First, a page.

Yes, Kiffin is involved with the Crimson Tide's most important preseason decision—who will replace AJ McCarron at quarterback—but the fallout from or reaction to that competition is more Saban's problem to deal with. In the grand scheme of things, it sure beats the alternatives of running another program and having to face all of the questions (instead of just some of them) of being unemployed.
Loser: Dorial Green-Beckham
As the No. 1 overall recruit in the class of 2012, the sky was the limit for wide receiver Dorial Green-Beckham. The most prized recruit Missouri had ever landed, he was given every chance to succeed during his first two years with the Tigers, and he put up pretty solid numbers as a freshman and sophomore to where the expectations for his junior year were huge.
But Green-Beckham also ran into too many off-the-field problems, capped by his alleged involvement in a robbery during which he was accused of pushing a woman down some stairs. Though no charges were filed against him, the incident led to Green-Beckham getting suspended and ultimately dismissed from Mizzou in April.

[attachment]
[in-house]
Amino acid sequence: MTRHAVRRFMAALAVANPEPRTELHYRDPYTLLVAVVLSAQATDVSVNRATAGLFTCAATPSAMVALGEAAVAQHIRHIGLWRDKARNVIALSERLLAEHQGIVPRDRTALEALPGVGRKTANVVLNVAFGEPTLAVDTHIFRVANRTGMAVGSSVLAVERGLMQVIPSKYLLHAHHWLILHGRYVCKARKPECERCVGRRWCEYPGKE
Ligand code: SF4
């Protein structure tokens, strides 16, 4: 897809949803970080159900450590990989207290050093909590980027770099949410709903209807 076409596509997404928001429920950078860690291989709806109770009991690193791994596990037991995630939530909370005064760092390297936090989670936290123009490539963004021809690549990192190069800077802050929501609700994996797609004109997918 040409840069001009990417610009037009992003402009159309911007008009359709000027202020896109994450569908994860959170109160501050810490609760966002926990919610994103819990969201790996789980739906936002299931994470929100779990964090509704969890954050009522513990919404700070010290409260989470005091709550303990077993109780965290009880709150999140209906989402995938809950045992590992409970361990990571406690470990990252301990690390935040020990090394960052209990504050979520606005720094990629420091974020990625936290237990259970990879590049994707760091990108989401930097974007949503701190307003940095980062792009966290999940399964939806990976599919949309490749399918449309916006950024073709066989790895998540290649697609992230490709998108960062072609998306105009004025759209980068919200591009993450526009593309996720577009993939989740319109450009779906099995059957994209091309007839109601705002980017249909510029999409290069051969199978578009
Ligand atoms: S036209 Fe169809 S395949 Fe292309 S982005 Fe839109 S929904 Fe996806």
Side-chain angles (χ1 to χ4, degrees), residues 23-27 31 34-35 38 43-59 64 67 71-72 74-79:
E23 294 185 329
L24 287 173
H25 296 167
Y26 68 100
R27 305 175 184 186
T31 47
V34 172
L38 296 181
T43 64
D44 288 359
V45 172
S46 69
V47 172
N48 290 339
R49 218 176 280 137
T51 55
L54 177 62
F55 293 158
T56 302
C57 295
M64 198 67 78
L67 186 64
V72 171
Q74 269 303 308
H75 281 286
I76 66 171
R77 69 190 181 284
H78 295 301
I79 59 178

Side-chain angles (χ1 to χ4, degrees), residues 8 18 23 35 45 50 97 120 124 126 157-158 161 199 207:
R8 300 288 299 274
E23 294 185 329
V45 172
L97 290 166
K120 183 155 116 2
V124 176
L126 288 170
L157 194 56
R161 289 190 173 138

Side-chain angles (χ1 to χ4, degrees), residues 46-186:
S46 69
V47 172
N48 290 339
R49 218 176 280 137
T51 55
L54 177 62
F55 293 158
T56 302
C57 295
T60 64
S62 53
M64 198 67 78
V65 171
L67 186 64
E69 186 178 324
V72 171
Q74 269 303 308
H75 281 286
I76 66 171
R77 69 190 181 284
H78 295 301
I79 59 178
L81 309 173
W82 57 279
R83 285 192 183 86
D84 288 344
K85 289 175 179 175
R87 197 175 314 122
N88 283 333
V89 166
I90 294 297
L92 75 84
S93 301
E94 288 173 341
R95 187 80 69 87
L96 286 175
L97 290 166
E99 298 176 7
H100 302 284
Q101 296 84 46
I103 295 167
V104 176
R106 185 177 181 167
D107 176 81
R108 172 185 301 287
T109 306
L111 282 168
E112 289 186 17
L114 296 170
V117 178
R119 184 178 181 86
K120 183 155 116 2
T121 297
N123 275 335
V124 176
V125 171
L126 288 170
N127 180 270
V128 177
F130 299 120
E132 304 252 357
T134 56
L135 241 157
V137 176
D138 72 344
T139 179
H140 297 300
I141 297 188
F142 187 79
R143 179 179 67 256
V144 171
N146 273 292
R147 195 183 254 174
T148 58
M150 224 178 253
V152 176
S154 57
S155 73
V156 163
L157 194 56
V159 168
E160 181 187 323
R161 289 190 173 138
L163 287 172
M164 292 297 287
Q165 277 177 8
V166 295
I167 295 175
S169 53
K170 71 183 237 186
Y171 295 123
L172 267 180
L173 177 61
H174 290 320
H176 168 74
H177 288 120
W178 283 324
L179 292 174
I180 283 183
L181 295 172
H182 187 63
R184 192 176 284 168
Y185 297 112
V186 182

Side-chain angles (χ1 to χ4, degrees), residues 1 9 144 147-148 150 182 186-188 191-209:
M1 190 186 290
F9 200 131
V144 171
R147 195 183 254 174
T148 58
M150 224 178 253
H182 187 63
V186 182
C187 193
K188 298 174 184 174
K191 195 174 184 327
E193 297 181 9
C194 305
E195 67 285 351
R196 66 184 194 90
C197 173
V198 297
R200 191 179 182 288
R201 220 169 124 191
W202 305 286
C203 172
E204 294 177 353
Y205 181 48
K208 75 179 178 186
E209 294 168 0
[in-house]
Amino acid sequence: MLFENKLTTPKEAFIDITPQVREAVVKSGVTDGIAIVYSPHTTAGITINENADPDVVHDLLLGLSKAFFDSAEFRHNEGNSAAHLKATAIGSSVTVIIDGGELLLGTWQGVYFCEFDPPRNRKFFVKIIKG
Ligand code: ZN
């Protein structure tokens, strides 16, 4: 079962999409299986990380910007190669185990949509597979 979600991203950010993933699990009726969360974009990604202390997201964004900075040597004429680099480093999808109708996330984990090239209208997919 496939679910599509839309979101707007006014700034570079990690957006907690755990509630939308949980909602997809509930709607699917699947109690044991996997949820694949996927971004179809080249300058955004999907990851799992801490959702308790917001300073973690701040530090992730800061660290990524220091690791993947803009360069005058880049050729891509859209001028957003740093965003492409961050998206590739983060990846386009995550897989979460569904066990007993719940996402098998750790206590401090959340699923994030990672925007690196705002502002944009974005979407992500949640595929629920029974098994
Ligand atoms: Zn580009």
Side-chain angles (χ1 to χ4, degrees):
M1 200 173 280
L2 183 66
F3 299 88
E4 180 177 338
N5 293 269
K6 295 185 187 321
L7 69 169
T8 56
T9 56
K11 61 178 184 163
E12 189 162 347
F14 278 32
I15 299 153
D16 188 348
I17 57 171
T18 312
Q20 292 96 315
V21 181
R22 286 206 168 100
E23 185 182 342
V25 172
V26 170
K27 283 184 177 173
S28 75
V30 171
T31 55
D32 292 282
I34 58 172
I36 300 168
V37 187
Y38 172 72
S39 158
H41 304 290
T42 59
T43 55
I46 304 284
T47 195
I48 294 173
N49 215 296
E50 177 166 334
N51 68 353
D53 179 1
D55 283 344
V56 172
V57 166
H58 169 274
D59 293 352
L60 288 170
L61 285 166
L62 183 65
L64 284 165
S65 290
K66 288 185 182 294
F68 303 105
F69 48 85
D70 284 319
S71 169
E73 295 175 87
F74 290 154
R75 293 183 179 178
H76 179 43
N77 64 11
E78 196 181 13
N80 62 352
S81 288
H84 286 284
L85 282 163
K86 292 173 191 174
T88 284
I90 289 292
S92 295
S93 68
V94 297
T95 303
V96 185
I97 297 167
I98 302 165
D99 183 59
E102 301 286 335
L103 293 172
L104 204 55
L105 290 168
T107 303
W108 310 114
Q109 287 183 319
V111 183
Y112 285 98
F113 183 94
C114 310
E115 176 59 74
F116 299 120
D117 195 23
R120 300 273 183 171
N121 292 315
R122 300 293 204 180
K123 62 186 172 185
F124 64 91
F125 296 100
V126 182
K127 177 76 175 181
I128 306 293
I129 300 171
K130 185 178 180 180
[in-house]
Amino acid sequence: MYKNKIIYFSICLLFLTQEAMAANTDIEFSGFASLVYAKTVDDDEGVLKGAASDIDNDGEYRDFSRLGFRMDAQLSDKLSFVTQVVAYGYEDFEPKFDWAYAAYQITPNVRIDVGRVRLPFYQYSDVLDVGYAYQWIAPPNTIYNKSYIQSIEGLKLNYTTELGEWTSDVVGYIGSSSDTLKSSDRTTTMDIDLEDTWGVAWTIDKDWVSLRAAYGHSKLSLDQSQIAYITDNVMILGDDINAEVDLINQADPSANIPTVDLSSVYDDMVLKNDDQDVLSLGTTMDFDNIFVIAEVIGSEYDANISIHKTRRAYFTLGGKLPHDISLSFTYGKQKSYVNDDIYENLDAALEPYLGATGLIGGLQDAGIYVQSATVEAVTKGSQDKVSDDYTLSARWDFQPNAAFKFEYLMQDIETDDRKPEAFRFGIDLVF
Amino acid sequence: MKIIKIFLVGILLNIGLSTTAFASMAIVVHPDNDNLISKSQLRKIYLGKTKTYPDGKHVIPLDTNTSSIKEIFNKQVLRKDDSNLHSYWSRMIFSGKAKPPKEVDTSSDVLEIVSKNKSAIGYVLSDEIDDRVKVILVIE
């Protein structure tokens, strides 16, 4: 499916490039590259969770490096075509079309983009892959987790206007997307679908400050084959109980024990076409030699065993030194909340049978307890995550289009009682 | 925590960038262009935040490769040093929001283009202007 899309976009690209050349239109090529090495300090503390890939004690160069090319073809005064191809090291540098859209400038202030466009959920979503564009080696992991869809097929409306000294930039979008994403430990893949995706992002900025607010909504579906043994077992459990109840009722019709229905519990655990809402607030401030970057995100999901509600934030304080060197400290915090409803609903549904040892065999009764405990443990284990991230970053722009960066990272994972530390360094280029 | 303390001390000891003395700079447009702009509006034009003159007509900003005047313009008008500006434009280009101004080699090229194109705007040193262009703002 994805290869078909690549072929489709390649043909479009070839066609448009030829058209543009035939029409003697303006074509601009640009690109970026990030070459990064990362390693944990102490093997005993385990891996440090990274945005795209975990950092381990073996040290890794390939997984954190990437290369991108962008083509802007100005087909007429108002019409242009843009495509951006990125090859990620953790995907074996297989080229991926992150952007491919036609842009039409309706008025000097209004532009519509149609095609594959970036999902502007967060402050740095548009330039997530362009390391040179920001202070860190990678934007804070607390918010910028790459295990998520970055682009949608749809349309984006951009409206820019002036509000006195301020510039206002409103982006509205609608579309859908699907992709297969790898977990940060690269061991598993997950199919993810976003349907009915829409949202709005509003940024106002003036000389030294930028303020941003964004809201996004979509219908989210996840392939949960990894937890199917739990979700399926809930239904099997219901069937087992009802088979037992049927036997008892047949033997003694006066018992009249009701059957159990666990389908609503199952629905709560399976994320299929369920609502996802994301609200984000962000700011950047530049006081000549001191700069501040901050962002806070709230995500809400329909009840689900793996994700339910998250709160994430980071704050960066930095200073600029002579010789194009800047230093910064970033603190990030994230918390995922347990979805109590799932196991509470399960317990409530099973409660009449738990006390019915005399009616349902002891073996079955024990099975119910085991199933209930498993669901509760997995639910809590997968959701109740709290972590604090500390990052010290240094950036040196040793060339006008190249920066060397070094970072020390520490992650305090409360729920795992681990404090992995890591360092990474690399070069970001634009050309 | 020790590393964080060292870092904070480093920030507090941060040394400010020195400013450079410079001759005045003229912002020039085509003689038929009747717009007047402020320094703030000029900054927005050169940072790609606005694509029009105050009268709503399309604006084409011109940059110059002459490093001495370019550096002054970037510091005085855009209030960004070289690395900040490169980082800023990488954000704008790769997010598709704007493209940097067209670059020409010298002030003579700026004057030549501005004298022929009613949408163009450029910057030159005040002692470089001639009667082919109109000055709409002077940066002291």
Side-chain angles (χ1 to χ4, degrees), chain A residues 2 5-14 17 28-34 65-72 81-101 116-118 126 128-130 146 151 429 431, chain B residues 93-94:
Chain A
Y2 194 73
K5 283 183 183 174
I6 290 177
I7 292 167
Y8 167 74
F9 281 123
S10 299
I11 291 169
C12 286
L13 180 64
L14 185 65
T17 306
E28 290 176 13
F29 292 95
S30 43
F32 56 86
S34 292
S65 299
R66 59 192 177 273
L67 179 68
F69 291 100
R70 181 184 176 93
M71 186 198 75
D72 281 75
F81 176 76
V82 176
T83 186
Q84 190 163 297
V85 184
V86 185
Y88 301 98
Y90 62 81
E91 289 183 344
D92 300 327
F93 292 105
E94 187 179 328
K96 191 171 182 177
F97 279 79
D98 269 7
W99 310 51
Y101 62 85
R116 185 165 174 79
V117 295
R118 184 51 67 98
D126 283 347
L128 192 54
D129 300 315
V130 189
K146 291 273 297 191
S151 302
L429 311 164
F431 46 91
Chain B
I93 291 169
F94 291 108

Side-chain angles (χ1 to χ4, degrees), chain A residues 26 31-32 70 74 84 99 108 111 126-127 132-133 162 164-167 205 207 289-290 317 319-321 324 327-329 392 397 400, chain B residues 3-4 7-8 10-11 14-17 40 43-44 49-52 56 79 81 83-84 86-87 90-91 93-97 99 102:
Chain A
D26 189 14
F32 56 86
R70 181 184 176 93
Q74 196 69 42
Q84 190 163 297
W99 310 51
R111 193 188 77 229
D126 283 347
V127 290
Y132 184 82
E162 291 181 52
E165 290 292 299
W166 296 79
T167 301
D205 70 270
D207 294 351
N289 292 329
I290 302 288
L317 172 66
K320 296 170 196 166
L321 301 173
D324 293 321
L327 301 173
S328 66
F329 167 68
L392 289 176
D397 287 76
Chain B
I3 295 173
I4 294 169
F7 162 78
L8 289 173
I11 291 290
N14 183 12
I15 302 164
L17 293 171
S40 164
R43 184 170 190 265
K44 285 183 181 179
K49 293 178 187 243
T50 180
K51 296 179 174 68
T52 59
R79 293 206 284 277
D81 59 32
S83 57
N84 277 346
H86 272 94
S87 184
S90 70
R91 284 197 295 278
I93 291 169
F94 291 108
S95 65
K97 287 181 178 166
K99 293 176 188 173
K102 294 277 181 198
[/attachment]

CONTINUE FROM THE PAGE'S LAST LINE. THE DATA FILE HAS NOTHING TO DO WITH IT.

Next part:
The 6'6", 225-pound junior eventually ended up at Oklahoma, transferring there in July in a surprise move by the high-profile program.
As Berry Tramel of The Oklahoman wrote, the signing came while the school was still conducting an investigation into sexual misconduct accusations against Oklahoma linebacker Frank Shannon, so to take in a player with major baggage at the same time "OU leadership had to wonder about the wisdom of bringing on Green-Beckham."